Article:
Elsewhere, in amongst the anxiety and pain of Halladay’s revelations are bursts of Sheer Mag’s customary imagery: picket lines, crooks, dodgy deals, bombs, jail cells and the mayhem of war and politics. These songs are a blur of personal candour and universal truths, set to unrelenting groove and total guitar hedonism, offering glorious contrast to their blackened content. Bass lines pulsate, guitars shimmy and shake, drums thwack. As always, it functions as one giant rallying call, and Halladay is proud to say so. Sheer Mag are here to say that the personal and political aren’t divisible.
“What a lot of people in the world don’t realise is that politics is in everything,” the singer says. “The life that you live, the food you eat, the people you meet, it all has to do with politics and the way our systems are built and created. The people you’re attracted to, the people you see every day, all those things have to do with politics, so there’s no way to not be political. To say something like, ‘I’m not political’, is just showing your ignorance or your privilege.”
Avoiding politics would be “a cop out” for Sheer Mag, and Halladay regales us with some recent drama around planning their tour merchandise to illustrate the point.
“We’re planning to sell a poster that will benefit some Planned Parenthood [sexual healthcare organisation] schemes in Wisconsin and they said, ‘Are there certain places you don’t want to sell it because maybe people will be upset and not agree with it?’” she says.
“Hell no! Anyone opposed to Planned Parenthood is not someone I want to be my fan or be at my shows, so no thank you. I just don’t see how someone who could feel that way would like our music.”
Halladay spits out the end of her sentence, totally mystified. Her confusion is no surprise: Sheer Mag’s bond with their fans is obvious. People wait patiently to talk to the band after shows, forming snaking lines for the merch table, eager to get closer.
“It’s always very overwhelming and awesome, especially women coming up to me and telling me things like, ‘I started a band because of you.’ I’d never expected for people to care so much and be so excited, especially so early on,” says Halladay.
The singer has a theory to explain the devotion and love, too.
“It’s a lot of [reasons], but the one I feel the most is that I don’t look like every other person in a band and I don’t sing about the same things every other person sings about,” she says. “It’s important for people to see themselves, people can relate to me because I’m other and I’m different and that is important to people.”
Halladay saw the same in Judas Priest singer Rob Halford and Thin Lizzy’s Phil Lynott, who she describes as her “favourite” (she has Lynott inked on her right thigh and named her dog The Rocker after him). But while she says “this band and me being in it wouldn’t have existed 30 or 40 years ago,” she notes there’s still “a lot of bullshit to deal with”.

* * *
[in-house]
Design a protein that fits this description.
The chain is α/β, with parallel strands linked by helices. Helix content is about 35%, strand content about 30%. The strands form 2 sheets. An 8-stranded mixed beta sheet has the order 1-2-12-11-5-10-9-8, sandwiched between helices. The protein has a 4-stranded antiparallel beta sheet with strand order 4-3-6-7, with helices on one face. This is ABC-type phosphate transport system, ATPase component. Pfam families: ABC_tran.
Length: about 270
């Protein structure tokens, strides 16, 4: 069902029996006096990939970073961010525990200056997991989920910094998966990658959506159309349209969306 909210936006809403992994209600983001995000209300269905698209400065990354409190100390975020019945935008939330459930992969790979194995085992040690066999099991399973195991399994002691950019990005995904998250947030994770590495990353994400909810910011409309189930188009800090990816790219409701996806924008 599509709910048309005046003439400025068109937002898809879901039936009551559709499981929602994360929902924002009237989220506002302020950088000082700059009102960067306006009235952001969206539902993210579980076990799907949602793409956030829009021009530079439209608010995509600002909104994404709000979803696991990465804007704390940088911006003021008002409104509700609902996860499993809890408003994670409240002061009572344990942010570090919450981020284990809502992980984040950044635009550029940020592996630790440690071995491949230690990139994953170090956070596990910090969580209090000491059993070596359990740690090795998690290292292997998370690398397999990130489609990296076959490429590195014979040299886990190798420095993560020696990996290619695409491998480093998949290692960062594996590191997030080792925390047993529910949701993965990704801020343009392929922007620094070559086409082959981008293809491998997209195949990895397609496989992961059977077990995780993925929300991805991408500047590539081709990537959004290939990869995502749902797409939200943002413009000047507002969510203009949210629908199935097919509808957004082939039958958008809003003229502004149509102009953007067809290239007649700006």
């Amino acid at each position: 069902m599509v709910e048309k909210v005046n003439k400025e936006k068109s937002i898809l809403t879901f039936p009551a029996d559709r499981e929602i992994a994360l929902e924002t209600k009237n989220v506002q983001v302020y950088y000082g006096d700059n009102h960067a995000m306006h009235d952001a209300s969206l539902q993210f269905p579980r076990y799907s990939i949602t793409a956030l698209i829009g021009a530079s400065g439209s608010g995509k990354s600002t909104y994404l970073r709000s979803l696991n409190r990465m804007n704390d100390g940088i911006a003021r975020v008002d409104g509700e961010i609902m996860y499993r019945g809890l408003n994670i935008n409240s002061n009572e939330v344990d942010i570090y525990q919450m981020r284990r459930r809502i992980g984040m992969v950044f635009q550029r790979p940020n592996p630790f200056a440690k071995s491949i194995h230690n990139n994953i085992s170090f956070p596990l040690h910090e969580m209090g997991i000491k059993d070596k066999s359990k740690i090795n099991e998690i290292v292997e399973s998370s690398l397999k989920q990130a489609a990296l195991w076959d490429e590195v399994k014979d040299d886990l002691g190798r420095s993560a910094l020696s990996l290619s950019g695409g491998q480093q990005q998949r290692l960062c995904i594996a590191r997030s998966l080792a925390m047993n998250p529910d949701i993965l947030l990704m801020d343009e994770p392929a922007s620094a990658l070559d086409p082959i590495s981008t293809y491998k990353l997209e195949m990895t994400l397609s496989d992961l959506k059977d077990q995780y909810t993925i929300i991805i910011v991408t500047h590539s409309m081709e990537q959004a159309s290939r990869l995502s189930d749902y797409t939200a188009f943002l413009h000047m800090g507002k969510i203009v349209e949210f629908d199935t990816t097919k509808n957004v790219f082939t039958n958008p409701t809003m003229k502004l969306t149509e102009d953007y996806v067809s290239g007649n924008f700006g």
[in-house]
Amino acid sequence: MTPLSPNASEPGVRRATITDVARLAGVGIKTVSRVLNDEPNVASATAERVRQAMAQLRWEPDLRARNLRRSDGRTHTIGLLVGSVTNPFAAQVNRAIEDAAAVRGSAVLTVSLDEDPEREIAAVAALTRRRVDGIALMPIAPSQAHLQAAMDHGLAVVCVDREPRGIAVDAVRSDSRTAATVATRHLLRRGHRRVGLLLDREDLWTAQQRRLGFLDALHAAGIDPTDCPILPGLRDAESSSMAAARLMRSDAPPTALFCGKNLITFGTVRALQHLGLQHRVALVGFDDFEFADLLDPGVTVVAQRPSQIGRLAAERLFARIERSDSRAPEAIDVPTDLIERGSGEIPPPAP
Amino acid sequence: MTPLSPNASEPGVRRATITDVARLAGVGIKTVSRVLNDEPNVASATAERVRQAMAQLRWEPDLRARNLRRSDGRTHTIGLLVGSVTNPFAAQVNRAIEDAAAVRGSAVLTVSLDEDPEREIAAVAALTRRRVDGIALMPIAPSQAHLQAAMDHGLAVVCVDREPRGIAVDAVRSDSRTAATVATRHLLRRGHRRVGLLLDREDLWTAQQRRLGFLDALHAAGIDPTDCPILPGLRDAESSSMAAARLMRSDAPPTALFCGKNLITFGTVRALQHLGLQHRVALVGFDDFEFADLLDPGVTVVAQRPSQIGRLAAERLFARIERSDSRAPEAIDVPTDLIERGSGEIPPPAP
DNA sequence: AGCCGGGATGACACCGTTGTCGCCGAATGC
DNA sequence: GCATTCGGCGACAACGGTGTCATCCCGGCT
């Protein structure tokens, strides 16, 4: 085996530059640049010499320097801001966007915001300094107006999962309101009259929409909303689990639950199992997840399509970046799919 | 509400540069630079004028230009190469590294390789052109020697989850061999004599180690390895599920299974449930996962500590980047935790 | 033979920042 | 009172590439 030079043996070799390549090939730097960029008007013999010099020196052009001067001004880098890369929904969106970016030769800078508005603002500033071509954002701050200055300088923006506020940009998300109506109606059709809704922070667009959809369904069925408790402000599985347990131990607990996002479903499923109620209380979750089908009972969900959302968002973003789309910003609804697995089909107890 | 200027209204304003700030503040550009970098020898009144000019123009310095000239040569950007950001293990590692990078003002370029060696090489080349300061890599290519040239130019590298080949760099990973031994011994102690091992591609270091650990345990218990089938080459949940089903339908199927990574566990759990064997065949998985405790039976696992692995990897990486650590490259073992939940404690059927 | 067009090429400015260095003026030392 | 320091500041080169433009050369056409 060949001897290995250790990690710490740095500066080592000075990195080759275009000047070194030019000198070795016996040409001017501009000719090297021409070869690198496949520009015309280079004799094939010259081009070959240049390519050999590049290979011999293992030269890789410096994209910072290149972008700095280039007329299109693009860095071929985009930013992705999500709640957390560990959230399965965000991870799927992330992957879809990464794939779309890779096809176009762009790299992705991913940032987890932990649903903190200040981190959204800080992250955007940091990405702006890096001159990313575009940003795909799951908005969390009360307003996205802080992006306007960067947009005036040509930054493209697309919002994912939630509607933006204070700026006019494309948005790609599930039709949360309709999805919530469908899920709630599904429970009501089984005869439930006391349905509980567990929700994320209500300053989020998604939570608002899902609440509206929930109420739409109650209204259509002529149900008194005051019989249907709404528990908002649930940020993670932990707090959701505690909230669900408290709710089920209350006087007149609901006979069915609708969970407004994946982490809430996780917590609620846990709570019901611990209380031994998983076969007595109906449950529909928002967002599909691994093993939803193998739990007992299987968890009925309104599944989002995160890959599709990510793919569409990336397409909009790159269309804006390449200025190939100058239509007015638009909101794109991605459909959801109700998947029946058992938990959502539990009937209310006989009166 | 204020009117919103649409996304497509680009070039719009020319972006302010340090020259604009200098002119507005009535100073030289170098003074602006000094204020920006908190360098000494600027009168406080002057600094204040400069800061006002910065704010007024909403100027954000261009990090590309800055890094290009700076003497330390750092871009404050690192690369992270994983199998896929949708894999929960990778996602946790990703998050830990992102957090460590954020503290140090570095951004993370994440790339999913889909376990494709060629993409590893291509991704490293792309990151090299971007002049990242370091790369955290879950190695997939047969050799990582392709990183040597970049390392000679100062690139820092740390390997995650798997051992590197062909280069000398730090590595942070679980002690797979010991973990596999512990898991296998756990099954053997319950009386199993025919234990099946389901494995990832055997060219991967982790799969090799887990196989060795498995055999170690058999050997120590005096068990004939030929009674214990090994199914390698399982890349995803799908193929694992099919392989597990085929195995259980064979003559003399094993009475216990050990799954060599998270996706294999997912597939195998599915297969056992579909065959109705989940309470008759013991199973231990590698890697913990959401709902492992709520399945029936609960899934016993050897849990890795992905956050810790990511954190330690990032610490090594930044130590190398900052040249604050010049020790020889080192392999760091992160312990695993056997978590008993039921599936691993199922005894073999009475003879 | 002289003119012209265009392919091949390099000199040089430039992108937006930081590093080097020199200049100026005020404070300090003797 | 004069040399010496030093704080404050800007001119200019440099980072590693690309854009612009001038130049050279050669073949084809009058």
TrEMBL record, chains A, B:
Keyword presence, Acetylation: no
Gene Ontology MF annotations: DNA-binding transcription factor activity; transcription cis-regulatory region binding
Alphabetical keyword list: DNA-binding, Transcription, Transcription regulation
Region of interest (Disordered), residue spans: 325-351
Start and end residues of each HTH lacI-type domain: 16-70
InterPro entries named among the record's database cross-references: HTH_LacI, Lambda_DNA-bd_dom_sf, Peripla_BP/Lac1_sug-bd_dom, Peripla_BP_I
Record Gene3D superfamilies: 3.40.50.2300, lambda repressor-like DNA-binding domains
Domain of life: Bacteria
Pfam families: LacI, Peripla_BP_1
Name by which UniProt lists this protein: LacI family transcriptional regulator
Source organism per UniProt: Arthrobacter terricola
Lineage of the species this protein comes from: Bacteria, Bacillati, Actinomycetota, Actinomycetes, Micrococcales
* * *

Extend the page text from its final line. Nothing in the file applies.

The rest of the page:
“It’s like, bouncers automatically stopping me and no one else, if I don’t have my [backstage] pass or something,” she explains. “Even promoters who haven’t done their research saying, ‘Oh are you the tour manager? Or are you doing merch?’ I’m just like, ‘No, my picture is on the wall right behind me.’ It’s just ignorance, it’s silly. It makes them look stupid.”
Halladay has got used to setting such people straight in no uncertain terms. When NME first interviewed the singer at SXSW in 2015, it was after a show at which she shoved a man back into the crowd as he stumbled on stage fumbling at the crotch of his jeans. “Get your dick back in your pants dude,” she told him.
Ever since their earliest days, there’s been a sense of necessity about Sheer Mag; they’re a band the world needs and they know it.
“There are a lot of people who want to see themselves. There are young girls out there who’ve never seen a person who looks like me leading a band like this, that representation and seeing yourself is really important for people to realise their potential and what kind of a person they want to be,” says Halladay. “White men have all of these different role models in the world being shown to them, it’s not the same for everyone.”
Sheer Mag, then, present a thrilling alternative. Two albums in, they’re thriving.
“So much rock music in popular culture is so bad and meaningless in my eyes,” Halladay continues. “I love rock‘n’roll, so for people to have to dig so deep to find music that is meaningful sucks.”
Thankfully, it’s no longer necessary to dig to find Sheer Mag. They’re still putting music out through their own Wilsuns RC imprint, ordering vinyl and handling merch, but their stance on the music press has softened and they’re more visible than ever.
“At the beginning we were just trying to figure out what kind of a band we were, so we didn’t want to just latch onto these ideas or anyone that could take advantage of us or control us,” Halladay says of their initial reticence. “At this point we know who we are as a band, we know what we want and we have the confidence and power to say, ‘Ok, people want to hear this, so let’s see what’s important for us to say.’”
As for the mechanics behind building their empire, the band now have a manager and have just taken on “people to help us with money and business stuff”. Halladay paints a simple, contented picture.
So, is the label chase over?
“If we are being chased then they’re not contacting me!”
The singer laughs, clearly happy Sheer Mag are doing this on their own. Really, it’s the only way it makes sense. Their music comes from a primal place, mixing our most instinctive feelings into hopeful, vital rock‘n’roll, full of action.
“This band, it’s not a want, it’s a need. Every day,” Halladay sums up. “It’s so important and good for me to be able to perform and let out all that aggression, anger and energy inside of me that needs to come out. When I’m not on tour for a long time I lose my shit. I need that release, that feeling, to not feel totally crazy and restless.”
Tina Halladay can’t hide the excitement in her voice and no wonder. Sheer Mag are on the road again.